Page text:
Submitted by: Anya Kleinman
Comment: I agree with Dr. Kleinman. This data has important health policy implications. The authors postulate that lower income families may have longer hospital stays and health care utilization due to difficulties in care coordination and complex disease management. Helping to bridge this gap can be an important goal for the future. Laura Caserta MD

Endocrine

Hart CN, Carskadon MA, Considine RV, et al. Changes in Children’s Sleep Duration on Food Intake, Weight, and Leptin. Pediatrics. 2013;132:e1473-1480.

Children between the ages of 8-11 years who reported approximately 9.5 hours of sleep per typical night were monitored during one week of their normal sleeping pattern, one week of sleeping an extra 1.5 hours nightly, and one week of sleeping 1.5 hours less nightly. Sleep times were adjusted by bedtime with constant wake times. Compared to the decreased sleep condition, children reported decreased caloric intake (134 kcal/day), had lower fasting leptin values, and had a lower weight by an average of 0.22 kg in the increased sleep condition. Most extra caloric intake occurred later in the day, especially during the 3 additional hours of wake time. Decreases in weight correlated with decreases in leptin, but not with caloric intake. There were no differences found in fasting ghrelin levels. The CDC estimates that 18% of United States youth are obese and pediatricians are facing overweight patients more frequently. This study suggests that increased sleep time results in lower body weight due to decreased caloric intake. Leptin, a hormone that inhibits appetite, was lower when these children had increased sleep times and lower caloric intake, indicating that their appetite was less suppressed, yet these children ate less. Recommending increased sleep time for our overweight patients gives them less time to eat. Additionally, the extra caloric intake during the decreased sleep condition occurred later in the evening, so having an earlier bedtime provides fewer hours where the child may be more susceptible to acting on his or her hunger.

Submitted by: Amanda Lansell
Comment: This study adds to the long list of benefits of a good night's sleep, and can serve as a reminder to ask about sleep at all Well-Child Care visits. Maintaining a healthy body weight can be one more reason to promote good sleep hygiene in children. Laura Caserta MD

Infectious Disease

Payne DC, Vinje J, et al. Norovirus and Medically Attended Gastroenteritis in U.S. Children. N Engl J Med 2013; 368:1121-30.

This was a surveillance study throughout 3 counties between New York, Tennessee, and Ohio over two years. The settings were between inpatient hospital admissions, emergency room visits, and outpatient visits. They included cases of children younger than 5 years old with symptoms of acute gastroenteritis and controls of healthy children younger than 5 at well child visits. They were able to demonstrate rates of emergency room visits, hospitalizations and outpatient visits attributable to norovirus infection by multiplying the proportions of patients with positive test results for norovirus by the number of patients presenting to these settings with acute gastroenteritis. They compared these rates to rates of acute gastroenteritis attributable to rotavirus estimated by the same method. This study showed that 21% of cases of acute gastroenteritis were attributable to norovirus, while only 12% were attributable to rotavirus. The authors showed that the predominant culprit in acute gastroenteritis in all settings is norovirus; on the rise since the advent of rotavirus vaccine. Of children under 5 in the US, 1 in 278 will be hospitalized, 1 in 14 will go to the ER, and 1 in 6 will go to the clinic because of norovirus, totaling a cost of more than $273 million per year. This article underscores that highly infectious causes of disease find opportunity in niches left behind by now-vaccinated-against agents. These niches still represent large amounts of cost for the medical system at large and significant burden for families, despite the success of well established vaccine-programs.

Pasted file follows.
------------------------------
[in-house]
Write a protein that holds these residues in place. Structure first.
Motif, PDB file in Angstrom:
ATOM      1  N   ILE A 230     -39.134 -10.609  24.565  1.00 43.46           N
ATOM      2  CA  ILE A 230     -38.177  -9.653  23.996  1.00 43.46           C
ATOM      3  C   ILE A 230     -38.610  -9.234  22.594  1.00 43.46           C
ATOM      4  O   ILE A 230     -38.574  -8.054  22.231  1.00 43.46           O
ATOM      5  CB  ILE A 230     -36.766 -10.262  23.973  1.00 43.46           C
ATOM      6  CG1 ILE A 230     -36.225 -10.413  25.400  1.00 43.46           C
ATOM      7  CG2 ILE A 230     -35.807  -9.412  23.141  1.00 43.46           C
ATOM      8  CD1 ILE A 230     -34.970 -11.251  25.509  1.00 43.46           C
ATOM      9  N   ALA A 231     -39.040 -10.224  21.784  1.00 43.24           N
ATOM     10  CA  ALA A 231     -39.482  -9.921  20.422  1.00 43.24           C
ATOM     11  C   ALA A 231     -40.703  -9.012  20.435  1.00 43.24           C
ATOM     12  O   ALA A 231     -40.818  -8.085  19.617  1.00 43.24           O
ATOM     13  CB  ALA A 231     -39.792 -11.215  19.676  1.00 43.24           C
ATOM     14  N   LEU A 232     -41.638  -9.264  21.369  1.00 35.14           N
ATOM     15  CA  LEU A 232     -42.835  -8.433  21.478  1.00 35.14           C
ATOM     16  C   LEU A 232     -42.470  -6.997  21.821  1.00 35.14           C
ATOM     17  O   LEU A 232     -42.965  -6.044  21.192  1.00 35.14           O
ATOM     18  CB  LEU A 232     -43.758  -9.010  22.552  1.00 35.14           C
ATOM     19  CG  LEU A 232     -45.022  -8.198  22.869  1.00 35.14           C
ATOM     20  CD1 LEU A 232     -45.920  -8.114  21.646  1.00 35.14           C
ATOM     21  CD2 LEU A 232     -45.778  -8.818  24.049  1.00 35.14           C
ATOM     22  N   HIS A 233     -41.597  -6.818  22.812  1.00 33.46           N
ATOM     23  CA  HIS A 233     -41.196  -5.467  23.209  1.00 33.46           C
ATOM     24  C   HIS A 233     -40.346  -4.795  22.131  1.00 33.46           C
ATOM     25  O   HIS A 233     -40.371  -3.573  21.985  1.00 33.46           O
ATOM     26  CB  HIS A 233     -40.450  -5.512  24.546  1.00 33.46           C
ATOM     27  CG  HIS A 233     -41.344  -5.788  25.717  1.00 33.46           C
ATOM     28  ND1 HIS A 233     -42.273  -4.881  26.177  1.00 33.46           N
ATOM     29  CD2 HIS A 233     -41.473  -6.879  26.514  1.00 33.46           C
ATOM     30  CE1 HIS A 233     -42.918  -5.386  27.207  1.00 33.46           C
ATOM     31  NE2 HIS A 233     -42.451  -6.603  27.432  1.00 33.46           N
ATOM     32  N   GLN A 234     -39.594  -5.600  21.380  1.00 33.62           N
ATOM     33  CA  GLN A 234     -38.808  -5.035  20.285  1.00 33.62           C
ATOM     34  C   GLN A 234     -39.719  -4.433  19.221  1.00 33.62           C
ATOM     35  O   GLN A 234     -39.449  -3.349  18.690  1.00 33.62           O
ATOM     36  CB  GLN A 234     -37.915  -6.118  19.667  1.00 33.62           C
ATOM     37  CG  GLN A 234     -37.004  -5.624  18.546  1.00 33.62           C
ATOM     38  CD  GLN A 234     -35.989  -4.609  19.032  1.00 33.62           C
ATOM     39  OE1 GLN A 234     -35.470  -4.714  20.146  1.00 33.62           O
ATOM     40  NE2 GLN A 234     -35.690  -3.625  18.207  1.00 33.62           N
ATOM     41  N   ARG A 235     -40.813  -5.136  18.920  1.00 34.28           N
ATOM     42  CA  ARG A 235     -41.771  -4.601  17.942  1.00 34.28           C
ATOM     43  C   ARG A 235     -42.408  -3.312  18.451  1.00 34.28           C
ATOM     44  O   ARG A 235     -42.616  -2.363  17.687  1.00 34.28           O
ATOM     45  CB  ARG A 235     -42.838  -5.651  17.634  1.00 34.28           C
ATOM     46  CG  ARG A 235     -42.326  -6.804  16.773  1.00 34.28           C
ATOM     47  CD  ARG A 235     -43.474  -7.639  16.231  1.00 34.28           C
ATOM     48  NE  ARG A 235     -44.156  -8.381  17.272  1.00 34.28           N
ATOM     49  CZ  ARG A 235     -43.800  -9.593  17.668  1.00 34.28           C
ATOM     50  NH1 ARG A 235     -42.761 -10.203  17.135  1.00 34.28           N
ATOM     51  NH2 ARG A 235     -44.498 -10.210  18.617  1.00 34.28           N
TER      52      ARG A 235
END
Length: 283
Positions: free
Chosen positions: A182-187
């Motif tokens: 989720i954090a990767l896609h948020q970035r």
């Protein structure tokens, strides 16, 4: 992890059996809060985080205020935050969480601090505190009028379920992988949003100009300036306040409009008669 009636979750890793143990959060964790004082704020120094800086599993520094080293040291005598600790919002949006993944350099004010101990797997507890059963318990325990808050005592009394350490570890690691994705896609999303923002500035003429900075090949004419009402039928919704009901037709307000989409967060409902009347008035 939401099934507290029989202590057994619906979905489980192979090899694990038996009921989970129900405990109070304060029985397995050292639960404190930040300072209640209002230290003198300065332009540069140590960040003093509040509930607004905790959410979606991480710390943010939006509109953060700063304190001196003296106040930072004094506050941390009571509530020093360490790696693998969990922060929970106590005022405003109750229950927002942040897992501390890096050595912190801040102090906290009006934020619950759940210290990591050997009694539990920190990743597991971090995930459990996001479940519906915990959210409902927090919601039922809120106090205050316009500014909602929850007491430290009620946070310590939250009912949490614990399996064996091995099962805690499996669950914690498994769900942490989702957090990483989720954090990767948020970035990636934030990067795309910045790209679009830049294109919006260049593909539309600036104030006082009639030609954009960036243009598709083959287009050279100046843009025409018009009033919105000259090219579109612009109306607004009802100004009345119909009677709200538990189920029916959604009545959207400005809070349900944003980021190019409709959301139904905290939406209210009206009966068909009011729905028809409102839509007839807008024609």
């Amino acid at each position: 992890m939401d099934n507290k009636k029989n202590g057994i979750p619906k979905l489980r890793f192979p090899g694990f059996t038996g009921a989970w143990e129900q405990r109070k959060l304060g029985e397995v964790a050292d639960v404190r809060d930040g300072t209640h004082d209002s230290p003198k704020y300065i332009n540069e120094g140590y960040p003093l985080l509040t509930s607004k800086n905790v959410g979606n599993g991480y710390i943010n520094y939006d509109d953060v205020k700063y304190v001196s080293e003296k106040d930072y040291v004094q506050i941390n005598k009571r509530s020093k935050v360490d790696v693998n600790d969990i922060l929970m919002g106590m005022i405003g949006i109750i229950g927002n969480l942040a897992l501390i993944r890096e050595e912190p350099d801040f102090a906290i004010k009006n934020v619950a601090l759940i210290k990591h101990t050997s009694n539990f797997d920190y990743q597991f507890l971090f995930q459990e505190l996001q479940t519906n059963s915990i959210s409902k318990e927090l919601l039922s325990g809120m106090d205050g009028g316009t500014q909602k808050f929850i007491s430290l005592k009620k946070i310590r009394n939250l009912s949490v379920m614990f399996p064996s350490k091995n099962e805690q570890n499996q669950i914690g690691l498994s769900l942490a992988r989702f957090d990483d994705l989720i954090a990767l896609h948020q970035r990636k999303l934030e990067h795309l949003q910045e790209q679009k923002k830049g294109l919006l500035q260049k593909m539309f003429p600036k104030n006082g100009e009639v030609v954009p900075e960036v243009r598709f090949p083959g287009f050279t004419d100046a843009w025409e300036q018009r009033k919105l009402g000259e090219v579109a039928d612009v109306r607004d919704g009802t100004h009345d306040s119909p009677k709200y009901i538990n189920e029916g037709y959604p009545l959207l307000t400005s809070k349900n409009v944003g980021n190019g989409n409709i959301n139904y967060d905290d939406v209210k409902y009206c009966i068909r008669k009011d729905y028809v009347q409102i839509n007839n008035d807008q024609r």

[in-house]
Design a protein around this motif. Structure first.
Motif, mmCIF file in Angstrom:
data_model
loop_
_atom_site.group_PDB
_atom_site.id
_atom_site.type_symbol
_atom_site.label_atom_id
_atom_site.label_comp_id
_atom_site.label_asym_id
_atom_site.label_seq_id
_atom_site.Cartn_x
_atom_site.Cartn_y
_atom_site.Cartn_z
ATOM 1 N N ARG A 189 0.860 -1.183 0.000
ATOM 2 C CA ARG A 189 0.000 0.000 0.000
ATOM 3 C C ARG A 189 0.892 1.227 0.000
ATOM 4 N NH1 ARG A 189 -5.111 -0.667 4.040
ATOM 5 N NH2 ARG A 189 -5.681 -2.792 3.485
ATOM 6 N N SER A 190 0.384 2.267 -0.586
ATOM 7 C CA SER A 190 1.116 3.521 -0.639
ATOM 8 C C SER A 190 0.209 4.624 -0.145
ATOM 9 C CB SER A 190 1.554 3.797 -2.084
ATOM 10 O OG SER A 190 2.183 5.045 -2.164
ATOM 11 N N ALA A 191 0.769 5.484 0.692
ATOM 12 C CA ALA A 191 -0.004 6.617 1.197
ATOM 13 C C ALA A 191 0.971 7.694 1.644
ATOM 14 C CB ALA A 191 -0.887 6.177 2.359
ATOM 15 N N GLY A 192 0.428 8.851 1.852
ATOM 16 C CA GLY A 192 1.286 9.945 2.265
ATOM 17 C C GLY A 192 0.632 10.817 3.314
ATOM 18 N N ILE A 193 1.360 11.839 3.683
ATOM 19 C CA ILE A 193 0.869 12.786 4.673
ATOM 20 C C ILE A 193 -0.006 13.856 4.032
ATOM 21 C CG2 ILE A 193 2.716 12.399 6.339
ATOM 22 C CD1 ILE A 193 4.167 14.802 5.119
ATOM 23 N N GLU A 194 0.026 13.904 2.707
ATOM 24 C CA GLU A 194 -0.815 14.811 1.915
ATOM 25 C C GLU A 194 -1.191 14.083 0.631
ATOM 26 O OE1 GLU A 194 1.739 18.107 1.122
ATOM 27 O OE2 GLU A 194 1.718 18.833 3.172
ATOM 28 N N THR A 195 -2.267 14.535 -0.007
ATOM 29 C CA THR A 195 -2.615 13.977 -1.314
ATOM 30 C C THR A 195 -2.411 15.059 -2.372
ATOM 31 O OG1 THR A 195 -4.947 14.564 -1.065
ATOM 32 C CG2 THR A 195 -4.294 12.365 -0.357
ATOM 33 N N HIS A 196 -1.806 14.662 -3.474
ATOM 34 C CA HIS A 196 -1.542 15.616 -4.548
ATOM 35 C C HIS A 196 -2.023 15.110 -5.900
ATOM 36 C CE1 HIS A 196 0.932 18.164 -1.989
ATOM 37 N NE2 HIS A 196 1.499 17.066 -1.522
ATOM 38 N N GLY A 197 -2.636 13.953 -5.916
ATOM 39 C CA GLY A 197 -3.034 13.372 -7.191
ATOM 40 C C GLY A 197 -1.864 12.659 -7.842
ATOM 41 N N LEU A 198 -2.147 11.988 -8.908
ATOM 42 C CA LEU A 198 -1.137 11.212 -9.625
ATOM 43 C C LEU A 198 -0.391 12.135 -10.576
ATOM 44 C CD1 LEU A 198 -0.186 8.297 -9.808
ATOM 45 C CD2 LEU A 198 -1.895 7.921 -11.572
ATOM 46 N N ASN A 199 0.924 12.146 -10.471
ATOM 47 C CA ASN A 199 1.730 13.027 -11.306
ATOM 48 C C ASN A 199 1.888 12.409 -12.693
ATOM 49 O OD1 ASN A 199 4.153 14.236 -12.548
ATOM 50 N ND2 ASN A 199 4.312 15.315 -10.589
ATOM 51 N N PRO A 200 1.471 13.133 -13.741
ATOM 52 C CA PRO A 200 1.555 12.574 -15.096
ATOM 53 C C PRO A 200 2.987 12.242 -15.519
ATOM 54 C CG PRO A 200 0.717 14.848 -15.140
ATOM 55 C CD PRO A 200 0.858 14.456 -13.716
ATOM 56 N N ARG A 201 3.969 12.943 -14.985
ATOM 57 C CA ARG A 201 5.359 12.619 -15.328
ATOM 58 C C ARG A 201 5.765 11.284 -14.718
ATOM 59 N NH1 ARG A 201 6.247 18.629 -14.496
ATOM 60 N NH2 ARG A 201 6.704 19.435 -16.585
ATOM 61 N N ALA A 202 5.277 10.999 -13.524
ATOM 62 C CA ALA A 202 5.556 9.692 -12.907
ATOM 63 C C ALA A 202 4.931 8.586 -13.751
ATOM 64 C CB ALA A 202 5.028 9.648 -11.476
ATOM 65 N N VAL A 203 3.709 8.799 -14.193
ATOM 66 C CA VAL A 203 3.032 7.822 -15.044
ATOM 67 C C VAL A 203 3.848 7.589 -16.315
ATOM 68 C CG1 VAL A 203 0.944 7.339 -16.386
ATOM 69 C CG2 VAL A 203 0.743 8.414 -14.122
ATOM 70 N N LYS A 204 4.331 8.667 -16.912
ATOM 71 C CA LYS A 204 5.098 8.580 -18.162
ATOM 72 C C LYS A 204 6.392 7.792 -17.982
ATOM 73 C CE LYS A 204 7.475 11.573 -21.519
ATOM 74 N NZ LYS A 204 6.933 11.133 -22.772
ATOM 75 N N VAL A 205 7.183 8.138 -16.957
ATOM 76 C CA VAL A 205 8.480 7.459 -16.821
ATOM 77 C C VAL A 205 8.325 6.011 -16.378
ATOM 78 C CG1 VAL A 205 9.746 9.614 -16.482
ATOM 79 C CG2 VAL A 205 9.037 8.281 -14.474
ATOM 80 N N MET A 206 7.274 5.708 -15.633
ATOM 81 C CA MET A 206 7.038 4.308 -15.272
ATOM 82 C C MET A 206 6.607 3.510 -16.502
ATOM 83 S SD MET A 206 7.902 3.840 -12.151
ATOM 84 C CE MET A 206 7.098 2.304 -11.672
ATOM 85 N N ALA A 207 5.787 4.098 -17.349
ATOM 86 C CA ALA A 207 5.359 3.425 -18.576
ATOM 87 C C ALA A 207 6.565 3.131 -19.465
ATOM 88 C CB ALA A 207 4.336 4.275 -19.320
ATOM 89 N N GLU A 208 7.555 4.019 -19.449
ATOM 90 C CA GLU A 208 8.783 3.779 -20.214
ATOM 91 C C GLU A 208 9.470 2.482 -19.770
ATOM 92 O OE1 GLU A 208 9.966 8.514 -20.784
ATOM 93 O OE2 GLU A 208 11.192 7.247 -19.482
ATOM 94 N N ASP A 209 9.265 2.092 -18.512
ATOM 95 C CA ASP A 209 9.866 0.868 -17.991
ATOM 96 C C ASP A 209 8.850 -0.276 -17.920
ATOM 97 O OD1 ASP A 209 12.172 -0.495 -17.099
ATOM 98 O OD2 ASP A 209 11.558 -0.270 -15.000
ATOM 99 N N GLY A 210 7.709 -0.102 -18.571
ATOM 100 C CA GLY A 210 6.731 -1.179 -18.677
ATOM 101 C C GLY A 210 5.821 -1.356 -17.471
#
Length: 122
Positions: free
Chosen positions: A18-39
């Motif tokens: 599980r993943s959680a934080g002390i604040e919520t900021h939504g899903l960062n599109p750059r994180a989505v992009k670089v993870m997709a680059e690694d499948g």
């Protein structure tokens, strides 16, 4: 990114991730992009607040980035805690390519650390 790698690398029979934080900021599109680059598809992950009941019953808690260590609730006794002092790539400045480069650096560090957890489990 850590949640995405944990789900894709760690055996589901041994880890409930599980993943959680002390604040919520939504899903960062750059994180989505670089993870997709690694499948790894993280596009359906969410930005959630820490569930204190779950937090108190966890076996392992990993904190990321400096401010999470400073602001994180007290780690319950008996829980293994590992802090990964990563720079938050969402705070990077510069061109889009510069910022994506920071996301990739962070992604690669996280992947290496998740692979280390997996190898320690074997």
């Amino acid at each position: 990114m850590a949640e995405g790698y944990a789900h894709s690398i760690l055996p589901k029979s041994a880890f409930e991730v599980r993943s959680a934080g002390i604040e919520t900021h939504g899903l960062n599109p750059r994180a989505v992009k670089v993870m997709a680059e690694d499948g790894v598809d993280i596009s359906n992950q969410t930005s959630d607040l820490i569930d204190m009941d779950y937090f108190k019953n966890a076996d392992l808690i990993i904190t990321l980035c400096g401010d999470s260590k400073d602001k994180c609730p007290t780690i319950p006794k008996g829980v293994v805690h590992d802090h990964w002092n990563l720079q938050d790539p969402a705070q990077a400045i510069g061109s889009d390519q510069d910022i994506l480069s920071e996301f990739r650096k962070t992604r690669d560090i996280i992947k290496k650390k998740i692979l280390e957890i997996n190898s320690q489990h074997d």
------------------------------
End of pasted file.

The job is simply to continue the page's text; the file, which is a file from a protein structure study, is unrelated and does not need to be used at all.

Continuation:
Submitted by: PJ Tate
Comment: Although it is clear that Norovirus has “stepped up,” the good news is that overall gastroenteritis-related hospitalizations for children under age 5 years have decreased following implementation of rotavirus vaccination, from a hospitalization rate of 74/10,000 (pre) to 50-51/10,000 (post) (Desai et al Clin Infect Dis 2012). Lydia Furman MD

General Pediatrics

Paul, Ian M., MD, Jessica S. Beiler, MPH, Tonya S. King, PhD, Edelveis R. Clapp, DO, Julie Vallati, LPN, and Cheston M. Berlin, MD. Vapor Rub, Petrolatum, and No Treatment for Children with Nocturnal Cough and Cold Symptoms. Pediatrics 126 (2010): 1-8. Pediatrics.aappublications.org. Web. 22 Nov. 2013.